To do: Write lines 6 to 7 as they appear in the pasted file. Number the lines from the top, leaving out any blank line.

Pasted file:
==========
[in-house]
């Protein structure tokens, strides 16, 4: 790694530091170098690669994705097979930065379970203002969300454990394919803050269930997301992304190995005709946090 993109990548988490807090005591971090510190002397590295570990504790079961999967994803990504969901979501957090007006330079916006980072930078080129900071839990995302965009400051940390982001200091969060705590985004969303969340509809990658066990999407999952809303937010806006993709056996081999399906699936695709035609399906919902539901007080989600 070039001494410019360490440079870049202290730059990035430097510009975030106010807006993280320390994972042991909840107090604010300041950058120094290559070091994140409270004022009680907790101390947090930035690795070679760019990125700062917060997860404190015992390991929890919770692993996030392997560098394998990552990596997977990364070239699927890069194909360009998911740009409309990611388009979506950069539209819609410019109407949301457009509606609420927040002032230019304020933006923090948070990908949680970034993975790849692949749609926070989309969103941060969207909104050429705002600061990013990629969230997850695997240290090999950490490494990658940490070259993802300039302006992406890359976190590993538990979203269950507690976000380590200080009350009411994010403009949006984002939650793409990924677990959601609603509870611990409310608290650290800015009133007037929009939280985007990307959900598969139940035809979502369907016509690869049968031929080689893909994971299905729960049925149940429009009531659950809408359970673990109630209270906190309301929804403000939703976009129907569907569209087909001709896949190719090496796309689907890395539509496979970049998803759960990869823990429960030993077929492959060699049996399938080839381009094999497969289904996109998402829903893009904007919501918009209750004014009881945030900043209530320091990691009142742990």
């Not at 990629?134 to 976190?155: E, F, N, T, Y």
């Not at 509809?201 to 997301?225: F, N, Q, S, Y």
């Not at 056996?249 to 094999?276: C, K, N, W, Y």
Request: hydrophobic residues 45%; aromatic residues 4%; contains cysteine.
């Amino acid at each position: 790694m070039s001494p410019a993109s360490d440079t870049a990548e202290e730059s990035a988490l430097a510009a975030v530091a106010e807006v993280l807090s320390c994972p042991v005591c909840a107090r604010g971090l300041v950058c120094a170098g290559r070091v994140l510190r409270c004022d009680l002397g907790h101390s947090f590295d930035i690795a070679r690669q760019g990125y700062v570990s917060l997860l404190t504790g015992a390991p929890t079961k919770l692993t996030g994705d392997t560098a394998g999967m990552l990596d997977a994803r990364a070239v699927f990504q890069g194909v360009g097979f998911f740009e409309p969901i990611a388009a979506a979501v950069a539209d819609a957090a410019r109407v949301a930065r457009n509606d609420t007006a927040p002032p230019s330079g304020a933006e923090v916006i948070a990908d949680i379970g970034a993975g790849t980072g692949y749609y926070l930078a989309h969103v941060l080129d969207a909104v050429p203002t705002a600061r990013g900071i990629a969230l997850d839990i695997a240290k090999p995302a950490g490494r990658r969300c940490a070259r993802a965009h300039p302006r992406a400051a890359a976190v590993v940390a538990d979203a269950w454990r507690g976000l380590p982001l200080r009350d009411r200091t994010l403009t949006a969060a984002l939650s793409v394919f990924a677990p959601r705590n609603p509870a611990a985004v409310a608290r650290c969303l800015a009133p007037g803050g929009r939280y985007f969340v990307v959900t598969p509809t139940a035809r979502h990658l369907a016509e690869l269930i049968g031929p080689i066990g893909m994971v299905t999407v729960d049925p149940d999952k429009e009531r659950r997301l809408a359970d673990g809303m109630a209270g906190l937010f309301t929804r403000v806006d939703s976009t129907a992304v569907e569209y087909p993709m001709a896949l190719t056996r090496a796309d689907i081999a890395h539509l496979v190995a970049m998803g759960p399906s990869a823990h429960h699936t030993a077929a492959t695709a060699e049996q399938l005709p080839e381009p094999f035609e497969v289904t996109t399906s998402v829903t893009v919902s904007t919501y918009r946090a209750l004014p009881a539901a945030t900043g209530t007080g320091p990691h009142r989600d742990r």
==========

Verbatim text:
Request: hydrophobic residues 45%; aromatic residues 4%; contains cysteine.
């Amino acid at each position: 790694m070039s001494p410019a993109s360490d440079t870049a990548e202290e730059s990035a988490l430097a510009a975030v530091a106010e807006v993280l807090s320390c994972p042991v005591c909840a107090r604010g971090l300041v950058c120094a170098g290559r070091v994140l510190r409270c004022d009680l002397g907790h101390s947090f590295d930035i690795a070679r690669q760019g990125y700062v570990s917060l997860l404190t504790g015992a390991p929890t079961k919770l692993t996030g994705d392997t560098a394998g999967m990552l990596d997977a994803r990364a070239v699927f990504q890069g194909v360009g097979f998911f740009e409309p969901i990611a388009a979506a979501v950069a539209d819609a957090a410019r109407v949301a930065r457009n509606d609420t007006a927040p002032p230019s330079g304020a933006e923090v916006i948070a990908d949680i379970g970034a993975g790849t980072g692949y749609y926070l930078a989309h969103v941060l080129d969207a909104v050429p203002t705002a600061r990013g900071i990629a969230l997850d839990i695997a240290k090999p995302a950490g490494r990658r969300c940490a070259r993802a965009h300039p302006r992406a400051a890359a976190v590993v940390a538990d979203a269950w454990r507690g976000l380590p982001l200080r009350d009411r200091t994010l403009t949006a969060a984002l939650s793409v394919f990924a677990p959601r705590n609603p509870a611990a985004v409310a608290r650290c969303l800015a009133p007037g803050g929009r939280y985007f969340v990307v959900t598969p509809t139940a035809r979502h990658l369907a016509e690869l269930i049968g031929p080689i066990g893909m994971v299905t999407v729960d049925p149940d999952k429009e009531r659950r997301l809408a359970d673990g809303m109630a209270g906190l937010f309301t929804r403000v806006d939703s976009t129907a992304v569907e569209y087909p993709m001709a896949l190719t056996r090496a796309d689907i081999a890395h539509l496979v190995a970049m998803g759960p399906s990869a823990h429960h699936t030993a077929a492959t695709a060699e049996q399938l005709p080839e381009p094999f035609e497969v289904t996109t399906s998402v829903t893009v919902s904007t919501y918009r946090a209750l004014p009881a539901a945030t900043g209530t007080g320091p990691h009142r989600d742990r």